ch04 - Chapter 4 Processor Management Understanding...

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Chapter 4 Processor Management Understanding Operating Systems, Fourth Edition
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Understanding Operating Systems, Fourth Edition 2 Objectives Objectives You will be able to describe: The difference between job scheduling and process scheduling, and how they relate The advantages and disadvantages of process scheduling algorithms that are preemptive versus those that are nonpreemptive The goals of process scheduling policies Up to six different process scheduling algorithms The role of internal interrupts and the tasks performed by the interrupt handler
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Understanding Operating Systems, Fourth Edition 3 Overview Overview Program (Job): A unit of work that has been submitted by user to an operating system An inactive unit, such as a file stored on a disk Process (Task): An active entity, which requires a set of resources, including a processor and special registers, to perform its function A single instance of an executable program
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Understanding Operating Systems, Fourth Edition 4 Overview (continued) Overview (continued) Processor (CPU): performs calculations and executes programs In single-user systems: Processor is busy only when user is executing a job, at all other times it is idle Processor management is simple In a multiprogramming environment: Processor must be allocated to each job in a fair and efficient manner Requires scheduling policy and a scheduling algorithm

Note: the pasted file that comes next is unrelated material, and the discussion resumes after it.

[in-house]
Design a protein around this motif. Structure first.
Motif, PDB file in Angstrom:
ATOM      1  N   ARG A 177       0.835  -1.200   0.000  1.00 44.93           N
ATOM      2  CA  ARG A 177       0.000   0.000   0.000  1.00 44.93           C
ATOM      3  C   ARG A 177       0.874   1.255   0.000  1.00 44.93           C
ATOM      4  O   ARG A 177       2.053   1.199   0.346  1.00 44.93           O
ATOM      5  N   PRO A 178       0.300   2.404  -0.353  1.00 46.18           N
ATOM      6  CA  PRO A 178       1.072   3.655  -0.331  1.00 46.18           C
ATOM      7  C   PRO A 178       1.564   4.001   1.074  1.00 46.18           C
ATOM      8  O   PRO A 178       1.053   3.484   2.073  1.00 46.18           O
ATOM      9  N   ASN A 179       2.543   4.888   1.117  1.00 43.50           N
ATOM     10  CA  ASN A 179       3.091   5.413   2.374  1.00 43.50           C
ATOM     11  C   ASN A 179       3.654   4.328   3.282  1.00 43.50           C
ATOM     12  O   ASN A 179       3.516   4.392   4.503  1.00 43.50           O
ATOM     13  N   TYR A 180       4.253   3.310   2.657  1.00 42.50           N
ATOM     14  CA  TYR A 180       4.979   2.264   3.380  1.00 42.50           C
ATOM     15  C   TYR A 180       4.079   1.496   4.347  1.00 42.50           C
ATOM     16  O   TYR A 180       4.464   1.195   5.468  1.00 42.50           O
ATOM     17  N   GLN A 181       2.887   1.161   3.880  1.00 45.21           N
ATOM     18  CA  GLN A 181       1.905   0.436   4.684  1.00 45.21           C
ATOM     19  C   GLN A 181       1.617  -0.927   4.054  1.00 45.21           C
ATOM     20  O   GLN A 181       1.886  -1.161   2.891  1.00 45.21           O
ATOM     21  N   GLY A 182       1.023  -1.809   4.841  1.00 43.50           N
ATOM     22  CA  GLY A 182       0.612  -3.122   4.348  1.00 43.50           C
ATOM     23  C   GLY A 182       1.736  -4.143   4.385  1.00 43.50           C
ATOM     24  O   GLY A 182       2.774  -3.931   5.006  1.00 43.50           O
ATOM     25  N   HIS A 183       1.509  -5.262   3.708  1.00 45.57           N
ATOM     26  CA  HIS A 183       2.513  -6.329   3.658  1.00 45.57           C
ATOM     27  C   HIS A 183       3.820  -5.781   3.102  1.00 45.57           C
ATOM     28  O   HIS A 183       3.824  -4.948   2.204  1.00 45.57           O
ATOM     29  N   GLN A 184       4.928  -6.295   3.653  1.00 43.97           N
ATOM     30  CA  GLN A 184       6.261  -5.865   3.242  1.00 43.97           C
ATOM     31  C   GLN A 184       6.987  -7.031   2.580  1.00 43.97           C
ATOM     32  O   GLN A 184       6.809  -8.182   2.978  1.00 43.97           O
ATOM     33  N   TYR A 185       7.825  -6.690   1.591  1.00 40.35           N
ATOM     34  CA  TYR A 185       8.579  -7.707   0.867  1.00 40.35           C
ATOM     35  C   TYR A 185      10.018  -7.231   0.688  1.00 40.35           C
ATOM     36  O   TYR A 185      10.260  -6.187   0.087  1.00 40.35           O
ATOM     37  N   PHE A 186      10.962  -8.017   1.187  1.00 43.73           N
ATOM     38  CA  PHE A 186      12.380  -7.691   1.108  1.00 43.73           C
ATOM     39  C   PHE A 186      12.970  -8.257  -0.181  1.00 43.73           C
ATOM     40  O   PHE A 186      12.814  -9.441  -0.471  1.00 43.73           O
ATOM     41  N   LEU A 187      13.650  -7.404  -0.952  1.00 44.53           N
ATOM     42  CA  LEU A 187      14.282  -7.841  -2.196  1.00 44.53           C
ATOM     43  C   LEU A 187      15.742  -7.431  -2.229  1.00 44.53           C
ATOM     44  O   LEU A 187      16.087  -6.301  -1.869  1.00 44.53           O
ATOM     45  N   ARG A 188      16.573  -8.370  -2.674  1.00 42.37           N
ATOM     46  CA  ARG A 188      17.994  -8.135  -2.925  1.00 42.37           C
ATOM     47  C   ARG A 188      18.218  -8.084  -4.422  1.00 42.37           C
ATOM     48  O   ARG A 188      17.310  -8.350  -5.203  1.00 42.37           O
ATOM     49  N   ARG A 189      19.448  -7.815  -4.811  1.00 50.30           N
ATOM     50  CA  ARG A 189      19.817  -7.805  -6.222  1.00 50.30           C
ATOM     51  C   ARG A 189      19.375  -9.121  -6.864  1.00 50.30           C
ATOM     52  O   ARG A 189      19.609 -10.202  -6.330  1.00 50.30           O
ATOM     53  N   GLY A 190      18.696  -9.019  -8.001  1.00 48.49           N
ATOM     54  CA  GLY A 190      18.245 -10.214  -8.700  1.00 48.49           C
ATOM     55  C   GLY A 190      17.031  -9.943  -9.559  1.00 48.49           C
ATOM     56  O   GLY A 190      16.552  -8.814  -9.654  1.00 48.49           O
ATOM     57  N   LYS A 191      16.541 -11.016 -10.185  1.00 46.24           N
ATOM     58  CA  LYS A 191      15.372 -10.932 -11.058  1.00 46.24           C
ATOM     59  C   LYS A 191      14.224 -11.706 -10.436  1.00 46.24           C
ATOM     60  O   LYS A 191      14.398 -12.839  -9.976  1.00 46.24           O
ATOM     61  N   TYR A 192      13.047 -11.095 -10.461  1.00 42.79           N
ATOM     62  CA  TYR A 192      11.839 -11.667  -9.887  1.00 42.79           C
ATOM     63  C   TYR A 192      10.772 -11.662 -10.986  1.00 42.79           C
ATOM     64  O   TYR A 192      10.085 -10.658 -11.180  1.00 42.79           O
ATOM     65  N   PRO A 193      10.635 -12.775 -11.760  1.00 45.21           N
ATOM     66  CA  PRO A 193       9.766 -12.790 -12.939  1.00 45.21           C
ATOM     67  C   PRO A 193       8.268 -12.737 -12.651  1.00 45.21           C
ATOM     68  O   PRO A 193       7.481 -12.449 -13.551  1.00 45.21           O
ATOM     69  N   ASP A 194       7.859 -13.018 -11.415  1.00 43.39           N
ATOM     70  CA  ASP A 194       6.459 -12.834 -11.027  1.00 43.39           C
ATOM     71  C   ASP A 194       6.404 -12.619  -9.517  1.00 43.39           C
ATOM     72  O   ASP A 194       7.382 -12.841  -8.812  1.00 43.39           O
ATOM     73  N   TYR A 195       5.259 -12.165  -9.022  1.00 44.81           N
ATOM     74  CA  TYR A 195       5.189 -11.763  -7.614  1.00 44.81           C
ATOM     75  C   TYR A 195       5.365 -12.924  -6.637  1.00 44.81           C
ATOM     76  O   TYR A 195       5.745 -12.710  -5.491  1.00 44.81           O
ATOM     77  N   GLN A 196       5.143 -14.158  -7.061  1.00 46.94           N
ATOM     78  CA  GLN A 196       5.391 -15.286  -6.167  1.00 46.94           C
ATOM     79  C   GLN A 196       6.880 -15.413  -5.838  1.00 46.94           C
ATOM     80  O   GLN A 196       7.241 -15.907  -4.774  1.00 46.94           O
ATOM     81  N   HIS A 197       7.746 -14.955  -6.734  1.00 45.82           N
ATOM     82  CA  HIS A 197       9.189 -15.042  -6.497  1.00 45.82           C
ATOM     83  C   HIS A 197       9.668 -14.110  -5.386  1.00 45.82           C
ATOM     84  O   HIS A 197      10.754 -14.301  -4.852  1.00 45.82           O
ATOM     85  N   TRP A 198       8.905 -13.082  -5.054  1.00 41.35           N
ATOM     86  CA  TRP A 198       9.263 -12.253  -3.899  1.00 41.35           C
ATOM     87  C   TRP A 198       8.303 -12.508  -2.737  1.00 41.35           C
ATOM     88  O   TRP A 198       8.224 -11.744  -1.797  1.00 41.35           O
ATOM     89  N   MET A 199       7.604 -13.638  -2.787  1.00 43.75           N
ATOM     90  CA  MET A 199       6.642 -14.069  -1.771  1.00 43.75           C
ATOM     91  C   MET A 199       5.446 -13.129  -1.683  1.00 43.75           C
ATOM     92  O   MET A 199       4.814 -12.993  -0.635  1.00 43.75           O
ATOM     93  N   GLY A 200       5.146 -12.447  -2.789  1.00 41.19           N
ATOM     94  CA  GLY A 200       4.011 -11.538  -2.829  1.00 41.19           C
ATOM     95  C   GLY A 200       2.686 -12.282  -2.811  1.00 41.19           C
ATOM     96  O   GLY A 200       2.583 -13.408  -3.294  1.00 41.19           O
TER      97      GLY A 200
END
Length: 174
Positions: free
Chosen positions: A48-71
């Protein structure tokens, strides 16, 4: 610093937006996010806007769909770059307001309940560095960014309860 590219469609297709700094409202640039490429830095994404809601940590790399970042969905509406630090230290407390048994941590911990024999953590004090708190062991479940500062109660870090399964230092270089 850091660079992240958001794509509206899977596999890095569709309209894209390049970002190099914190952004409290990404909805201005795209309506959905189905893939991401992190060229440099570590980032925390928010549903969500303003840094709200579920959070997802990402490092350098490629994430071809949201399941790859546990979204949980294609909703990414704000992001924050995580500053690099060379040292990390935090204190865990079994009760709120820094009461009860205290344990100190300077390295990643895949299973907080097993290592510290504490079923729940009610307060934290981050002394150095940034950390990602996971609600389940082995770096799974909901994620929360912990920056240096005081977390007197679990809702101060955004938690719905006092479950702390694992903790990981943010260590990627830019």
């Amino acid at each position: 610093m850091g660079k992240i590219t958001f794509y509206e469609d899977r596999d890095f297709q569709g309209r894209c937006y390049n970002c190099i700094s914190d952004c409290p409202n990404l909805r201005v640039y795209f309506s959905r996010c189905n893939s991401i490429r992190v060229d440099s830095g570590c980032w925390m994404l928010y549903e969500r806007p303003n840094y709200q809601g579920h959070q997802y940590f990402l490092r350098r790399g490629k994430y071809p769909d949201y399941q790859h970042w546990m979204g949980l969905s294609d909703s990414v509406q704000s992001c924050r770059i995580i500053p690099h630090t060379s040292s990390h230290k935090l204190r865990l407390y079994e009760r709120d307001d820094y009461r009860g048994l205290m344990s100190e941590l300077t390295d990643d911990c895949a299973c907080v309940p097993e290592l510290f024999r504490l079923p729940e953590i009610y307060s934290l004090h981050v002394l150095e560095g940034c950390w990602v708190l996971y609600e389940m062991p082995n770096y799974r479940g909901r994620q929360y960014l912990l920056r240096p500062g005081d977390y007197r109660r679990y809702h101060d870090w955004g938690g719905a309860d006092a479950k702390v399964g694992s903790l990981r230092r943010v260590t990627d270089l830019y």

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Understanding Operating Systems, Fourth Edition 5 Overview (continued) Overview (continued) Interrupt: A hardware signal that suspends execution of a program and activates the execution of interrupt handler Context Switch: Saving a job’s processing information in its PCB when interrupted Context switching occurs in all preemptive policies
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Understanding Operating Systems, Fourth Edition 6 Job Scheduling Versus Job Scheduling Versus Process Scheduling Process Scheduling Processor Manager has two submanagers: Job Scheduler: In charge of job scheduling Initiates the job based on certain criteria Process Scheduler: In charge of process scheduling Assigns the CPU to execute processes of those jobs placed on READY queue by Job Scheduler
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Understanding Operating Systems, Fourth Edition 7 Job Scheduling Versus Process Job Scheduling Versus Process Scheduling Scheduling (continued) (continued) Job Scheduler (High level scheduler): Initiates the job based on certain criteria Puts jobs in a sequence that uses all system’s resources as fully as possible Strives for balanced mix of jobs with large I/O interaction and jobs with lots of computation Tries to keep most system components busy most of time
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Understanding Operating Systems, Fourth Edition 8 Job Scheduling Versus Process Job Scheduling Versus Process Scheduling Scheduling (continued) (continued) Process Scheduler (Low level scheduler): Determines which jobs will get the CPU, when, and for how long Decides when processing should be interrupted Determines which queues the job should be moved to during its execution Recognizes when a job has concluded and should be terminated
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ch04 - Chapter 4 Processor Management Understanding...

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